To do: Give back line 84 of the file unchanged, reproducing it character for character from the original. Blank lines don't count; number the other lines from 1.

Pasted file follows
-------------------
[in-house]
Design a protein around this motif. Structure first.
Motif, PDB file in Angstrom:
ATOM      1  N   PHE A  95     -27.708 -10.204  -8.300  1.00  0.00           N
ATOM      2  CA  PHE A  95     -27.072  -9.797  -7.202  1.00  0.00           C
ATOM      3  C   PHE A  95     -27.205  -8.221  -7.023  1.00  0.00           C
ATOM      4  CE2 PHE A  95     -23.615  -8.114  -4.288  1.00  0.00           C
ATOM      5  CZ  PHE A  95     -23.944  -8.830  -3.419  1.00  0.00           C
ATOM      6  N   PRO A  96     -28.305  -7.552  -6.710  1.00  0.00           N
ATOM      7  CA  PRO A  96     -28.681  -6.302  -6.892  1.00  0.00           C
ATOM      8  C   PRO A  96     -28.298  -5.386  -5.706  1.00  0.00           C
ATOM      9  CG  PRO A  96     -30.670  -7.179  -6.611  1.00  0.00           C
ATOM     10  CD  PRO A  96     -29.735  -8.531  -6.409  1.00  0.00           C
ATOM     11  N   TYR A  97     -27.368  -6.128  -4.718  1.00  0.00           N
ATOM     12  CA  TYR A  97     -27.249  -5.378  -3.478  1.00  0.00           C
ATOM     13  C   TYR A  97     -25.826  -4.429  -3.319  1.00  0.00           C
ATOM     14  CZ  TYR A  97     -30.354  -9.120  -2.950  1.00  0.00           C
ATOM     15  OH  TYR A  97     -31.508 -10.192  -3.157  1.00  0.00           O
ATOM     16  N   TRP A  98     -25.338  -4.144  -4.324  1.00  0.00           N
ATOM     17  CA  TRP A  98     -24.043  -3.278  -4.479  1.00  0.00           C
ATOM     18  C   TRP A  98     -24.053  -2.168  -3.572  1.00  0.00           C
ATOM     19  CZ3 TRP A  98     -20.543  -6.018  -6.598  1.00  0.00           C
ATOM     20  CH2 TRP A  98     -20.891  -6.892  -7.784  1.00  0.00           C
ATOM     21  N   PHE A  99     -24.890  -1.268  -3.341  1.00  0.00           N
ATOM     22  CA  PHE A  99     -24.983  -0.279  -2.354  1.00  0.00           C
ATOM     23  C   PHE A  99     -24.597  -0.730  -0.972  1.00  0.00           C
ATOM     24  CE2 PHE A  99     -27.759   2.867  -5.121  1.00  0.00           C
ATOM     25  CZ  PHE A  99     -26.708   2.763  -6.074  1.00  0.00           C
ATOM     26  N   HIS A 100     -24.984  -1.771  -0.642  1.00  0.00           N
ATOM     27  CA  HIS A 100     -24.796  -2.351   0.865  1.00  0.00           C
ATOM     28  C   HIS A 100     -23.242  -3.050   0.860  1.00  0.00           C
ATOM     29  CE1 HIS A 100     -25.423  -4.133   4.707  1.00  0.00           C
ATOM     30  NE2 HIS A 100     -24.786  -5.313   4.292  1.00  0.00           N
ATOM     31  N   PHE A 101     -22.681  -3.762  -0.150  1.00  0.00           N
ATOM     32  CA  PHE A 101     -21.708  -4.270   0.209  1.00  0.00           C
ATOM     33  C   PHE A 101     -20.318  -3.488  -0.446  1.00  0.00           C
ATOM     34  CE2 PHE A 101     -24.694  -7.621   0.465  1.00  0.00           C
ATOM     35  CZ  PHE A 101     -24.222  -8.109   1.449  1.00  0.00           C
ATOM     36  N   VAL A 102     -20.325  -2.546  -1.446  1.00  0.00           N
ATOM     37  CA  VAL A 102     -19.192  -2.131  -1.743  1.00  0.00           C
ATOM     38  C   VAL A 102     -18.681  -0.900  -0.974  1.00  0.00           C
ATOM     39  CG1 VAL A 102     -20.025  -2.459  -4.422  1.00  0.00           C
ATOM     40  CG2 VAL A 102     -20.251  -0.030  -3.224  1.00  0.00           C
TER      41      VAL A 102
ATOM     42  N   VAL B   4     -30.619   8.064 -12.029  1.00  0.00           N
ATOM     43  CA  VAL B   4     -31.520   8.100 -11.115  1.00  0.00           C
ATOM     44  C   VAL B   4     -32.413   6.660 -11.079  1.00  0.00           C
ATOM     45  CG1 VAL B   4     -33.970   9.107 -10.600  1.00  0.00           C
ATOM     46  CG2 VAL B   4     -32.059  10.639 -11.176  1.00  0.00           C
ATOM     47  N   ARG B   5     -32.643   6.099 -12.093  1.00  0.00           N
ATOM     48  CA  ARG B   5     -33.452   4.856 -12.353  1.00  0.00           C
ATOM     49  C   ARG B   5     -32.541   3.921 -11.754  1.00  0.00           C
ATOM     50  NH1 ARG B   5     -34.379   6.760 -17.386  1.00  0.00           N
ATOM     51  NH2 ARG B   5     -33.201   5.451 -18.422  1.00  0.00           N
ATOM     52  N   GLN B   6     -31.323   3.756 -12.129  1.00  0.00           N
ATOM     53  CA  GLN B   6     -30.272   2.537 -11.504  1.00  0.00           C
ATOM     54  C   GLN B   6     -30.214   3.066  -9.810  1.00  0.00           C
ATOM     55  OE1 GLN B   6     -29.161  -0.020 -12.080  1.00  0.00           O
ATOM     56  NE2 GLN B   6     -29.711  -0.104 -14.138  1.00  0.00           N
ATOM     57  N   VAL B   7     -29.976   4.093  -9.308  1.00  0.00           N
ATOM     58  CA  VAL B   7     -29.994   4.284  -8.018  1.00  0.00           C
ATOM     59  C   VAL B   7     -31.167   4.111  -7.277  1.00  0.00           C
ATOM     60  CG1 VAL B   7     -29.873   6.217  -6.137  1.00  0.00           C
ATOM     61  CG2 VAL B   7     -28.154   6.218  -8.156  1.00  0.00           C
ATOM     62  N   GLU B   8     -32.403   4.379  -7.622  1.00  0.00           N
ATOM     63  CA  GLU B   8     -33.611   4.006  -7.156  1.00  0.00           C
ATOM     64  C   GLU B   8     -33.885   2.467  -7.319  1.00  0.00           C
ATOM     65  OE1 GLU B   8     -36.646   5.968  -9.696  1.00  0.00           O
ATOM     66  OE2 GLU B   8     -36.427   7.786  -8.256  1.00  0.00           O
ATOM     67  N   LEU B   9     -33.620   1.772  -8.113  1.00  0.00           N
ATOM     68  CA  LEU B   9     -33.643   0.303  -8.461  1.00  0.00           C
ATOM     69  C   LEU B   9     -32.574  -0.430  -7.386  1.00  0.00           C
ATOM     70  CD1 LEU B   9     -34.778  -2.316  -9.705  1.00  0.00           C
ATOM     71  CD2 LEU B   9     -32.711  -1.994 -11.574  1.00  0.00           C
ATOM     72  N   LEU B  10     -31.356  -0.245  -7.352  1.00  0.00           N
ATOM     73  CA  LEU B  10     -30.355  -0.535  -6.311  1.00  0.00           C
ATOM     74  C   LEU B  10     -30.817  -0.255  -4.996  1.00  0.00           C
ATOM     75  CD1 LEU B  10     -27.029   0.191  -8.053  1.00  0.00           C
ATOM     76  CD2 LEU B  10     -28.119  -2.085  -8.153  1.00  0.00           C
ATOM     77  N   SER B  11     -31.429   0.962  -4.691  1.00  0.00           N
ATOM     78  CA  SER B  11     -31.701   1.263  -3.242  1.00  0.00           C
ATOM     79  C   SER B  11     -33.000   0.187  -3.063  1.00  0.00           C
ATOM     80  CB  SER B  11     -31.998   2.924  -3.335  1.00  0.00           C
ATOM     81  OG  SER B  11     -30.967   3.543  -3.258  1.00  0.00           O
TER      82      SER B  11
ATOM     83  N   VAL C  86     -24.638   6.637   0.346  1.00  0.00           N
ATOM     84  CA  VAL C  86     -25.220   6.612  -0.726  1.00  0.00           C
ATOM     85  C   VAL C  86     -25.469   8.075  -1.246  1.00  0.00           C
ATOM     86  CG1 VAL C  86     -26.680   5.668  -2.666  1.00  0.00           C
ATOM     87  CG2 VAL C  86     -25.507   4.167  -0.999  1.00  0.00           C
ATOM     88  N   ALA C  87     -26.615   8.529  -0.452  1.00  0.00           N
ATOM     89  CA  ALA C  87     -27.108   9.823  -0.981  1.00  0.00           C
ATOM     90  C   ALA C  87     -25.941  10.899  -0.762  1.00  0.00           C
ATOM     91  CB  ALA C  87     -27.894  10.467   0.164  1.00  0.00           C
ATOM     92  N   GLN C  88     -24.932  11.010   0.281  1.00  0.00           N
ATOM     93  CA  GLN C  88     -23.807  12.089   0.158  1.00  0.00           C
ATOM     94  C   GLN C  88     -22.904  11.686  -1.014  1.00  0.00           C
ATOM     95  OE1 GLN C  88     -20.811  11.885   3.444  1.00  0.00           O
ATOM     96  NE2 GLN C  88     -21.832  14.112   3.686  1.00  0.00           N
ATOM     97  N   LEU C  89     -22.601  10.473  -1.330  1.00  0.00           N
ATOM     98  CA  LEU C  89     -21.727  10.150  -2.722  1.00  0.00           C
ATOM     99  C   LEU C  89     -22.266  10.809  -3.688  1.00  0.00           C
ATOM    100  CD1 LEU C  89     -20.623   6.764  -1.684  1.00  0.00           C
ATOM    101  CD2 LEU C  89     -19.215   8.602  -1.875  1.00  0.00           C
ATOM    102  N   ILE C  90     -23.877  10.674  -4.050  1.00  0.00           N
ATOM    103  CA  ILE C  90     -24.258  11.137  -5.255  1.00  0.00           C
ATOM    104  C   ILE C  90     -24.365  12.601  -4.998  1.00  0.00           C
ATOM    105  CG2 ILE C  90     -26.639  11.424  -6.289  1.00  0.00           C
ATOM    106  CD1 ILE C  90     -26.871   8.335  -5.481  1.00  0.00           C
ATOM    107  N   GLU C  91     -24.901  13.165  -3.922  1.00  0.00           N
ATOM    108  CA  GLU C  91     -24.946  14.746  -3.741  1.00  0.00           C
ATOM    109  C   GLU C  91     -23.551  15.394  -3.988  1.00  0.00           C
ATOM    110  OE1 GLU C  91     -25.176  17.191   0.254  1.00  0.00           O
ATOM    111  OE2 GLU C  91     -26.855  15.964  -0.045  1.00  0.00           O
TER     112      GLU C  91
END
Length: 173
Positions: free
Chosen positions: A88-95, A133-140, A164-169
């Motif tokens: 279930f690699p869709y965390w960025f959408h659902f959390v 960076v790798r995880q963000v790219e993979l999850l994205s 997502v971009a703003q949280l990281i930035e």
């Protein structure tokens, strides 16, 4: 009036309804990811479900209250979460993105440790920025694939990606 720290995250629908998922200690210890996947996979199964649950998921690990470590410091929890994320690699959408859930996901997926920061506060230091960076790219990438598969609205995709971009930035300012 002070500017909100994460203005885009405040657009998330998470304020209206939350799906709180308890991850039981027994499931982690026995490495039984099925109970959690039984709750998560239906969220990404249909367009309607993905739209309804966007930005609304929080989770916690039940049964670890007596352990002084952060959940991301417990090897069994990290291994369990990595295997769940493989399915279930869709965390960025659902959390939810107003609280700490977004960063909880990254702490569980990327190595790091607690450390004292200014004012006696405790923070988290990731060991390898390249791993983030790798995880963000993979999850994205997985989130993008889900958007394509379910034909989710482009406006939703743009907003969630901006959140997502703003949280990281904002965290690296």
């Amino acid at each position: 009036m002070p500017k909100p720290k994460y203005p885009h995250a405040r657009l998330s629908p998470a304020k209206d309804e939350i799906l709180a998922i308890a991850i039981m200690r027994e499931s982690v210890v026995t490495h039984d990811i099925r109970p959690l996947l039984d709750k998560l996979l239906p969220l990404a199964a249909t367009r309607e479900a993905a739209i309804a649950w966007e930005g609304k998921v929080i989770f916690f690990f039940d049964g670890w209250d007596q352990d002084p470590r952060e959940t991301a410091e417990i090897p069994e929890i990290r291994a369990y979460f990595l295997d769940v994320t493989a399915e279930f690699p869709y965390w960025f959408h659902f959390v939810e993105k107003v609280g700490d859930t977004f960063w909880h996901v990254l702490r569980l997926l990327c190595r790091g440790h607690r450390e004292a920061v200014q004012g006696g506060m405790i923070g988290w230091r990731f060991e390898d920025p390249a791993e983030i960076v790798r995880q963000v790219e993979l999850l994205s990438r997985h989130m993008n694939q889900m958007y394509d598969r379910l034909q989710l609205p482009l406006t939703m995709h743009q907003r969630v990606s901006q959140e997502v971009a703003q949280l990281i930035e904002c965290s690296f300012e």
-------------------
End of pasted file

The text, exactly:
ATOM     81  OG  SER B  11     -30.967   3.543  -3.258  1.00  0.00           O